Zero Tolerance ZT 0452CF, by Pat Cascio

“Proudly Overbuilt In The USA!” That’s what is written on every Zero Tolerance product box that leaves their factory. A longtime friend, and fellow gun writer, once told me that, you have to catch the reader’s attention in your first couple of sentences or first paragraph of an article, or the readers won’t read any further. I certainly hope I caught your attention. I know a lot of our readers are like me, they love Zero Tolerance (ZT) knives, for several reasons, one is that they are built in the USA, right here in my home state of Oregon. Secondly, …




Build the Plan vs. Test the Plan – Part 4, by T.R.

(Continued from Part 3.) Later that morning/early afternoon, we sat down at the kitchen table (having brewed a pot of coffee on the spare camp stove from the basement according to our “A” plan) and talked through this. We needed a balance of water, fuel, gear/shelter, food and safety/security. Optimizing the mix of these five items (plus cash and valuables) and optimizing how to pack them efficiently with some degree of access to the right items in what order took significantly longer than either of us expected when a filter criteria of “not coming back” was inserted vs “we are …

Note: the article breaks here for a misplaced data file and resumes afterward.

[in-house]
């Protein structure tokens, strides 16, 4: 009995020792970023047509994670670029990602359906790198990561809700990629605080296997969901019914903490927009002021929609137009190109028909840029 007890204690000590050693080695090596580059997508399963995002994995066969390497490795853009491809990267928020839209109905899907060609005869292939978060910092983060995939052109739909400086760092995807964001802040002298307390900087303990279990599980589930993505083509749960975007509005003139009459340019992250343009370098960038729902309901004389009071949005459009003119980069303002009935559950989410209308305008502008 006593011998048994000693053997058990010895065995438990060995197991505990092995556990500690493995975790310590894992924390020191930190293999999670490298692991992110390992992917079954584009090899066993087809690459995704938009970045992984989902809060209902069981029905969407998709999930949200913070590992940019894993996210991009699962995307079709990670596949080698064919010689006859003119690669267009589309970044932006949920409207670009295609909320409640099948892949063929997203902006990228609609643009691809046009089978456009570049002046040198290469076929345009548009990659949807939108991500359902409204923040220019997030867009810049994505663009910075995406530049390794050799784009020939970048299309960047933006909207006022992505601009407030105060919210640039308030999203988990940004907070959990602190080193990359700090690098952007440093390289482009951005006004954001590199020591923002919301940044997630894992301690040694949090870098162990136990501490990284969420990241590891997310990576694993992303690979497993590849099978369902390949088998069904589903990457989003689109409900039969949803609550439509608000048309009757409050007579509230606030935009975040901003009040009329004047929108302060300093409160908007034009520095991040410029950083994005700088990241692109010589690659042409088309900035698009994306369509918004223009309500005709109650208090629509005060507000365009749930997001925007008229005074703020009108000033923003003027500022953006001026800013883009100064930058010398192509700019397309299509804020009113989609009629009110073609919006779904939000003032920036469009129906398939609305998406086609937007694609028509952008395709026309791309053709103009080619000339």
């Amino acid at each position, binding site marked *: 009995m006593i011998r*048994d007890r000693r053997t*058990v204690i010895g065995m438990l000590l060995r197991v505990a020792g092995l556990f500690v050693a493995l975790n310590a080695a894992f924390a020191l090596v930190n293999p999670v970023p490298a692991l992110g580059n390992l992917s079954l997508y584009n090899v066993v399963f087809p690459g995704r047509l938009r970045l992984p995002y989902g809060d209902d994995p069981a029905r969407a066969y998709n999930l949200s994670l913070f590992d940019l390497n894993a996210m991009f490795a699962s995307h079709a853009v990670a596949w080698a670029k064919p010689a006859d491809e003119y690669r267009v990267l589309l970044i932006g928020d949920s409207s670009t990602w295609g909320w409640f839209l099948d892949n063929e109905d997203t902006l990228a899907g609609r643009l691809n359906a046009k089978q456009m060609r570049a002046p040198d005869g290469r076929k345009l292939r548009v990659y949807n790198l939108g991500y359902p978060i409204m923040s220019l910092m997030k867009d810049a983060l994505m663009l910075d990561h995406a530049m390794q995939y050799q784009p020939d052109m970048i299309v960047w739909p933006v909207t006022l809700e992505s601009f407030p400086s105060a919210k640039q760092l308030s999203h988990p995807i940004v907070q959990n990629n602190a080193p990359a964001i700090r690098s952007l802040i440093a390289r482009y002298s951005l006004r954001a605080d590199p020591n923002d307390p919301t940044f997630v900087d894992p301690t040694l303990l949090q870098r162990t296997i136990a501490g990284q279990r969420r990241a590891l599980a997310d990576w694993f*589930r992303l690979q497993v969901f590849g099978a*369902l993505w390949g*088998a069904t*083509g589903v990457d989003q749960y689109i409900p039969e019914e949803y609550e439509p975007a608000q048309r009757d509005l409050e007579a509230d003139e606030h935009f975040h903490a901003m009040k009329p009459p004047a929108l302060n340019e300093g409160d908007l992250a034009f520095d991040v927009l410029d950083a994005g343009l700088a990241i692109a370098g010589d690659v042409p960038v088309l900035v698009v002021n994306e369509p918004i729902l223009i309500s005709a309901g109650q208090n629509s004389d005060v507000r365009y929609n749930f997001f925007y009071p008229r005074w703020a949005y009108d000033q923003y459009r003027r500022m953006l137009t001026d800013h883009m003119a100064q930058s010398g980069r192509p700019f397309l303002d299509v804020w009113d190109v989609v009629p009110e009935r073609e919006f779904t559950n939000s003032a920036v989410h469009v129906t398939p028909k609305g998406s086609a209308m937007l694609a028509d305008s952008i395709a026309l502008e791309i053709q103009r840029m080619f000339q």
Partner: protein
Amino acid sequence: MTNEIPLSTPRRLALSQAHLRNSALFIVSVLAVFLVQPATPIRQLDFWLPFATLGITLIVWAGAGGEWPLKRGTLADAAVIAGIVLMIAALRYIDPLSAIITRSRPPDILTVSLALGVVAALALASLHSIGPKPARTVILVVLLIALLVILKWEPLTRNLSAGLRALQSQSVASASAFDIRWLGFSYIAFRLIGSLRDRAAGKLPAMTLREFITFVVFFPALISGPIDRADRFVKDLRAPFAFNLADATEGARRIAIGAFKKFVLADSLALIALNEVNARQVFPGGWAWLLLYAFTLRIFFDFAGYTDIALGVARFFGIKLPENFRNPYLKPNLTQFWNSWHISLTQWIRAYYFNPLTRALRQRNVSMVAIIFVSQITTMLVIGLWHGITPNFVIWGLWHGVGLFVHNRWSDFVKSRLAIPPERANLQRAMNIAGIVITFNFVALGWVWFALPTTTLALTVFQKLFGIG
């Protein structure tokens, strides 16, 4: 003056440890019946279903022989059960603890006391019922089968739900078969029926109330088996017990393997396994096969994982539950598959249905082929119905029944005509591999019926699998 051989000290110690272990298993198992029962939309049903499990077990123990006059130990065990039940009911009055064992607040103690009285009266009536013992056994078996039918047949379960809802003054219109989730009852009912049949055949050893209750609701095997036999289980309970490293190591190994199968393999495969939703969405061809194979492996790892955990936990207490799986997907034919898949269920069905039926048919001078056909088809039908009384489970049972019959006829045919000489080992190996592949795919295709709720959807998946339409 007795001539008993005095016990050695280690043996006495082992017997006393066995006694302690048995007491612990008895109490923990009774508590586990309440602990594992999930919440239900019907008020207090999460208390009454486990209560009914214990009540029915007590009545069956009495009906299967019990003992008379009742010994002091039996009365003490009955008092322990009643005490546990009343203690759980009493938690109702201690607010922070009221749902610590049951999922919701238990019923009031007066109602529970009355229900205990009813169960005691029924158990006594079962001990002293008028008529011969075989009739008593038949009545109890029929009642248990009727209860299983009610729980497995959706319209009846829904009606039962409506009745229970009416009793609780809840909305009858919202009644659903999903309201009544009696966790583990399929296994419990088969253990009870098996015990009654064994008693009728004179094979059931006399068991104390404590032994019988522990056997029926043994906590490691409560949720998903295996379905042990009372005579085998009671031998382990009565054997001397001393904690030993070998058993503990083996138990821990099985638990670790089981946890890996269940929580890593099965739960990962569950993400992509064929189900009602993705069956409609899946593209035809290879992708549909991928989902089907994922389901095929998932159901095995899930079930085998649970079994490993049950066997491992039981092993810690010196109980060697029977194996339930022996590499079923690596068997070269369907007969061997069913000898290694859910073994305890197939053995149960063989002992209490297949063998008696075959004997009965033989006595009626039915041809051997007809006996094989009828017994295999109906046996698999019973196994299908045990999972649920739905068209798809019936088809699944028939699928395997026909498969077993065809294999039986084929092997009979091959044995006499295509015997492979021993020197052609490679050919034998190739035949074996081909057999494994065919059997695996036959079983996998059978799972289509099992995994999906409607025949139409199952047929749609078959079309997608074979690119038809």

Build the Plan vs. Test the Plan – Part 3, by T.R.

(Continued from Part 2.) Some background: I still work almost full time, but portions of the year are full throttle 60+ hour weeks and other blocks are much lighter, with my husband retired from the military. We wanted a vacation in terms of scenery and wildlife and we wanted to test our plans across a number of elements. To appropriately field test our plans with a degree of stress testing that would replicate a certain amount of tension present in real threat condition whilst isolating certain elements one at a time to calibrate parts of our plan in a systematic …